Does dry eye discomfort dominate your day? You’re not alone.
According to the American Academy of Ophthalmology (AAO), dry eye is a common condition that can impact everyone, but the risk rises with age. About 3.2 million women 50 years and over and 1.68 million men 50 years and over are affected by dry eye syndrome. Overall, the National Eye Institute estimates that dry eye affects nearly 16 million Americans.
What is Dry Eye?
Dry Eye Disease or Dry Eye Syndrome is a chronic condition that occurs when the eyes do not produce enough tears or when the tears are not of the correct consistency. The result is a weak layer of tear film, leading to dry, irritated, and inflamed eyes.
Dry Eye Causes and Symptoms
The root cause of dry eye isn’t always known. However, it can be caused by prolonged staring at computer, tablet, and smartphone screens— a normal part of life for many people in today’s society. This can cause a plethora of uncomfortable symptoms, which can range from mild to severe, including:
- Blurred vision
Dry eye can also be caused by certain diseases (like blepharitis), surgeries, and medications—and symptoms vary. Luckily, there are dry eye therapy options available. Click here for the full list of dry eye symptoms and treatment, as well as other additional information.
How a Dry Eye Specialist Helps
With in-depth knowledge of the structure and function of the eye and its tear film, as well as various eye diseases, dry eye specialists can accurately diagnose and decide on the most effective treatment plan for each patient. They perform comprehensive eye examinations to assess the quantity and quality of your tears, which involve three layers: the oily layer, the watery layer, and the mucus layer.
3 High-Performing Dry Eye Therapies
Artificial tears are widely recognized as the most common treatment for dry eye symptoms and are usually the first recommendation a dry eye specialist will give. These over-the-counter (OTC) eye drops aid in restoring moisture to the eye’s surface, providing instant relief from discomfort. For long-term use, preservative-free variants are generally recommended, as preservatives may further irritate the eyes. However, patients with severe dry eye symptoms may need additional treatment methods on top of their artificial tears.
LipiFlow Thermal Pulsation Therapy
LipiFlow Thermal Pulsation therapy is a breakthrough treatment for dry eyes, specifically designed to tackle the issue of tear evaporation for blocked or underperforming meibomian glands. These glands are responsible for producing oil that prevents tear evaporation. When they don’t function properly, adding artificial tears or stimulating watery tear production cannot effectively alleviate dry eye symptoms.
LipiFlow therapy applies heat and gentle pressure, stimulating the meibomian glands and potentially melting any oil buildup to improve the oil flow. This in-office procedure lasts approximately 20 minutes and is recommended for patients with Meibomian Gland Dysfunction (MGD). However, it may not be suitable for patients experiencing other tear film problems. A thorough eye health assessment by your eye doctor can determine the underlying cause of your dry eye and recommend appropriate treatment, potentially including LipiFlow.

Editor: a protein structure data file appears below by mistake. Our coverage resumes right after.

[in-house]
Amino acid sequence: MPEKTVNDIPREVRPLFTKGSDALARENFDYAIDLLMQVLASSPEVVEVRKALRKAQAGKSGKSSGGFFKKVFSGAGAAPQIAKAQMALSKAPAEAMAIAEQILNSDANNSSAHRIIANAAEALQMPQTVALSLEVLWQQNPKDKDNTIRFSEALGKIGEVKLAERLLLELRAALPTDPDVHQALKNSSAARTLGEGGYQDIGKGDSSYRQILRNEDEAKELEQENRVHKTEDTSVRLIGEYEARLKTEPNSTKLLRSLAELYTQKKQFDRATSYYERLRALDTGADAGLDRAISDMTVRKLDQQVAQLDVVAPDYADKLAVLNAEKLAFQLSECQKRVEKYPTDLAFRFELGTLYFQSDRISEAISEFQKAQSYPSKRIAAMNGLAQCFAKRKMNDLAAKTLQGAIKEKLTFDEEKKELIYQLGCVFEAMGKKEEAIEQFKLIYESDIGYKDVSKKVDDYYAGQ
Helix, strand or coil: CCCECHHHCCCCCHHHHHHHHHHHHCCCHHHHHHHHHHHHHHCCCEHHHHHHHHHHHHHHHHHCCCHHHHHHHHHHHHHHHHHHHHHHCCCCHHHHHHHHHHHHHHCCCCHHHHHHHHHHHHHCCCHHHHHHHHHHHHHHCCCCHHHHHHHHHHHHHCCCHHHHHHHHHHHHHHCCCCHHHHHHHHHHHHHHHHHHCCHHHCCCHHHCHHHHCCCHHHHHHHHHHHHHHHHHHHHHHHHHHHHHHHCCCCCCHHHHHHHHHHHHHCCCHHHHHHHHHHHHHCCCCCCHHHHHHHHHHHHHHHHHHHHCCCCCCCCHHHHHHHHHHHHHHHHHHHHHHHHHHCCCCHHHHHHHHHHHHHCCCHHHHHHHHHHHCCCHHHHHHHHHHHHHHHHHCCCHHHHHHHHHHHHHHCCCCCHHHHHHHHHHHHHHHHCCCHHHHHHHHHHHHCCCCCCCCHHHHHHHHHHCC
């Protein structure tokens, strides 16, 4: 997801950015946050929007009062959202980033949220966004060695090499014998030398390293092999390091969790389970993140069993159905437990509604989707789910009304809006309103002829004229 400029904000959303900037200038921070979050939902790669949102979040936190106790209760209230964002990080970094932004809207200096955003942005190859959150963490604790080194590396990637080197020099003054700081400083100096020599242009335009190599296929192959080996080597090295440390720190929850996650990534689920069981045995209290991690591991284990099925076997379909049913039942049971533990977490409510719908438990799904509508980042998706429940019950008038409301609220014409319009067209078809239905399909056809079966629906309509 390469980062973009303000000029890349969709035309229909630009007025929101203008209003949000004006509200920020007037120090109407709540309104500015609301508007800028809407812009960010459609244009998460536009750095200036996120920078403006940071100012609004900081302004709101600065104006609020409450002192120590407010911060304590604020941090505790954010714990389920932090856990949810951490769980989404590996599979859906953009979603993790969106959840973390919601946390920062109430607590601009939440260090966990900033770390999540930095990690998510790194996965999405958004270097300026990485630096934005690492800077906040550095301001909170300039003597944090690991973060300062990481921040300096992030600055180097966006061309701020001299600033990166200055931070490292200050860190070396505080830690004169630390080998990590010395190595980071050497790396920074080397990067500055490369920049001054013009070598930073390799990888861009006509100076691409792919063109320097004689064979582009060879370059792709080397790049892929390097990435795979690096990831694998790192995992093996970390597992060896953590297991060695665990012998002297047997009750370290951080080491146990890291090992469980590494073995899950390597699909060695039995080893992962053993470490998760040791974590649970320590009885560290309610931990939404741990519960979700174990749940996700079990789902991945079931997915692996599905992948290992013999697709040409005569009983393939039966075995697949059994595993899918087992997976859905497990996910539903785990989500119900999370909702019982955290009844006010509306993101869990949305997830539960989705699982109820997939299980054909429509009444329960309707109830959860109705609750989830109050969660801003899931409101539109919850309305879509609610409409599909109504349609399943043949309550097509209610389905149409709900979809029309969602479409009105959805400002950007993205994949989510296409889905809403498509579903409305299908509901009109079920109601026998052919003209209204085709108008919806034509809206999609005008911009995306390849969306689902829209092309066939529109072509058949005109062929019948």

Punctal plugs, or lacrimal plugs, are small, biocompatible devices designed to treat aqueous deficient dry eye. This subtype of dry eye occurs when the eyes do not produce enough of the watery part of tears, leaving the ocular surface poorly lubricated. Punctal plugs are inserted into the tear drainage ducts (puncta) in the upper and lower eyelids to slow or block the drainage of tears into the nasal cavity, effectively increasing the volume of tears on the ocular surface.
There are two types of punctal plugs: dissolvable, made of collagen material, and permanent, made of silicon. The body naturally absorbs dissolvable plugs within a few days to months and is often recommended for a trial period before moving on to semi-permanent plugs. In contrast, semi-permanent plugs are designed to last for years but can be removed if necessary.
This dry eye therapy enhances the retention of natural tears, providing constant lubrication and hydration and minimizing dry eye symptoms. It also reduces the dependency on artificial tears and other medications by addressing the root cause of the condition—insufficient tear production. Remember to consult a dry eye specialist before undergoing punctal plug insertion to assess your unique condition and determine if this dry eye treatment is right for you. If deemed appropriate, punctual plugs can offer long-lasting relief and greatly improve your quality of life.
Keep Your Tears Healthy with Carolina Eyecare Specialists
With a dry eye specialist’s help and the innovative treatments available today, there’s no reason to let dry eye symptoms take a toll on your daily life. If you’re struggling with dry eyes, contact a specialist to discuss which dry eye treatment aligns with your needs.
Take the first step towards healthier eyes and a better quality of life— Book an appointment with a dry eye specialist at Carolina Eyecare Physicians today!
**The information provided in this blog on dry eye symptoms and treatment is for general informational purposes only. Remember to seek advice from a qualified eye care professional with any questions you may have regarding your specific medical condition or treatment options.**